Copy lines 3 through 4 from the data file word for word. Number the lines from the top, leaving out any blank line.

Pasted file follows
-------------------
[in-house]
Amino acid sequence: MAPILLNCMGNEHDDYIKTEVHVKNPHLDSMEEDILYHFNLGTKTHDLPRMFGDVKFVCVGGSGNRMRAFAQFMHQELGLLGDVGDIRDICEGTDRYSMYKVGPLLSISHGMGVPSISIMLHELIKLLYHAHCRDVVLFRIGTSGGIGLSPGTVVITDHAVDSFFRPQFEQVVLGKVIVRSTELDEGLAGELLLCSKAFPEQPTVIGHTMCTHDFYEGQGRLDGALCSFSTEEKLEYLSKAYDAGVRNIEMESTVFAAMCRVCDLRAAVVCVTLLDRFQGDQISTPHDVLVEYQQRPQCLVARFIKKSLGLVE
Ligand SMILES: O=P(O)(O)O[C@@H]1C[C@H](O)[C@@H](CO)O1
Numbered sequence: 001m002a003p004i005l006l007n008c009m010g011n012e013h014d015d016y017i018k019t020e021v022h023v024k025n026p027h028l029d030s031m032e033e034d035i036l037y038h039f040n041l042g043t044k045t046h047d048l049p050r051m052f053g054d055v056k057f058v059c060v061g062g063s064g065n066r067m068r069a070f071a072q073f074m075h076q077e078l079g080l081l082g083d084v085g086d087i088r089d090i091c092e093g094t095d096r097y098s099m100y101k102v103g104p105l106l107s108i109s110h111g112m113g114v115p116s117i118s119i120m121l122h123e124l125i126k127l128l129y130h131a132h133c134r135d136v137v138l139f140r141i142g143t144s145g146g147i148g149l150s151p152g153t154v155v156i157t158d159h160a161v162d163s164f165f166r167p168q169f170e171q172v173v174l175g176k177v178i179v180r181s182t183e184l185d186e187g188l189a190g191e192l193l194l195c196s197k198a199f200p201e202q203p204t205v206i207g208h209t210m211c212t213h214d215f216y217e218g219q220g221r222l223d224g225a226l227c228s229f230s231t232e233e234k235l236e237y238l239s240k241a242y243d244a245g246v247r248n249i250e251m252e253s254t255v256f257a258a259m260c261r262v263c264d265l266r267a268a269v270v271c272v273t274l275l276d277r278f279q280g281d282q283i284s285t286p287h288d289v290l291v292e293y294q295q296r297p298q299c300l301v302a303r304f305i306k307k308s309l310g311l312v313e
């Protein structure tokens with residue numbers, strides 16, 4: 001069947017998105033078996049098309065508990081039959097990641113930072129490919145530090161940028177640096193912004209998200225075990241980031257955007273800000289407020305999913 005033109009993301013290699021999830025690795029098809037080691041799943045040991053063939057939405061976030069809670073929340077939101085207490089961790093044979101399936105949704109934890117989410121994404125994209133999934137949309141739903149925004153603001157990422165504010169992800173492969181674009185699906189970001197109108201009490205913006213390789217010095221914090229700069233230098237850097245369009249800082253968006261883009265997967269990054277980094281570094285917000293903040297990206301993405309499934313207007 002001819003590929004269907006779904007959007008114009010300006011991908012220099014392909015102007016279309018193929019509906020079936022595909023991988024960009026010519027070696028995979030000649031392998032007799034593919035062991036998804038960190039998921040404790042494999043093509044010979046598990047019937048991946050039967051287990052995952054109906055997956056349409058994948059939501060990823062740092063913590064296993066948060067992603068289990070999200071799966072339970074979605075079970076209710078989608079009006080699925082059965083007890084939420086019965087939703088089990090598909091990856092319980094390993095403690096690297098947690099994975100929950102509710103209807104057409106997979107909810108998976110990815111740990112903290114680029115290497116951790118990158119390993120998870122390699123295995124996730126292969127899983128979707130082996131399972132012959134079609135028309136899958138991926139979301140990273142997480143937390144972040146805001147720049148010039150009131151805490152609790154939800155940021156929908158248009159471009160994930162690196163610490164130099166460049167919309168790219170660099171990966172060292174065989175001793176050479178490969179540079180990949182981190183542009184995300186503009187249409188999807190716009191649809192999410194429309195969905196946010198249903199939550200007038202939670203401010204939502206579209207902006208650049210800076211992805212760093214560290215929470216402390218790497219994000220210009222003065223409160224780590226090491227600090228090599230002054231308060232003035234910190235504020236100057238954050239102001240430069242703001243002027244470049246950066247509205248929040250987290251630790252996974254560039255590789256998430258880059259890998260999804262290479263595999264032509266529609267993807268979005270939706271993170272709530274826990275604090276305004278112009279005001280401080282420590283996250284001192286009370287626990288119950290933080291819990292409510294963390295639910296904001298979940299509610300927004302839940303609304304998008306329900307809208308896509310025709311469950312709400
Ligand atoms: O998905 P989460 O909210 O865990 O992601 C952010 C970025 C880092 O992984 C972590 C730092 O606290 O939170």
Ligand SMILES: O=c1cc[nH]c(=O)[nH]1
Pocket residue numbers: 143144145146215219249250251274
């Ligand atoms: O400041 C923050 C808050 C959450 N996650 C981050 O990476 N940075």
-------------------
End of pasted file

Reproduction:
Ligand SMILES: O=P(O)(O)O[C@@H]1C[C@H](O)[C@@H](CO)O1
Numbered sequence: 001m002a003p004i005l006l007n008c009m010g011n012e013h014d015d016y017i018k019t020e021v022h023v024k025n026p027h028l029d030s031m032e033e034d035i036l037y038h039f040n041l042g043t044k045t046h047d048l049p050r051m052f053g054d055v056k057f058v059c060v061g062g063s064g065n066r067m068r069a070f071a072q073f074m075h076q077e078l079g080l081l082g083d084v085g086d087i088r089d090i091c092e093g094t095d096r097y098s099m100y101k102v103g104p105l106l107s108i109s110h111g112m113g114v115p116s117i118s119i120m121l122h123e124l125i126k127l128l129y130h131a132h133c134r135d136v137v138l139f140r141i142g143t144s145g146g147i148g149l150s151p152g153t154v155v156i157t158d159h160a161v162d163s164f165f166r167p168q169f170e171q172v173v174l175g176k177v178i179v180r181s182t183e184l185d186e187g188l189a190g191e192l193l194l195c196s197k198a199f200p201e202q203p204t205v206i207g208h209t210m211c212t213h214d215f216y217e218g219q220g221r222l223d224g225a226l227c228s229f230s231t232e233e234k235l236e237y238l239s240k241a242y243d244a245g246v247r248n249i250e251m252e253s254t255v256f257a258a259m260c261r262v263c264d265l266r267a268a269v270v271c272v273t274l275l276d277r278f279q280g281d282q283i284s285t286p287h288d289v290l291v292e293y294q295q296r297p298q299c300l301v302a303r304f305i306k307k308s309l310g311l312v313e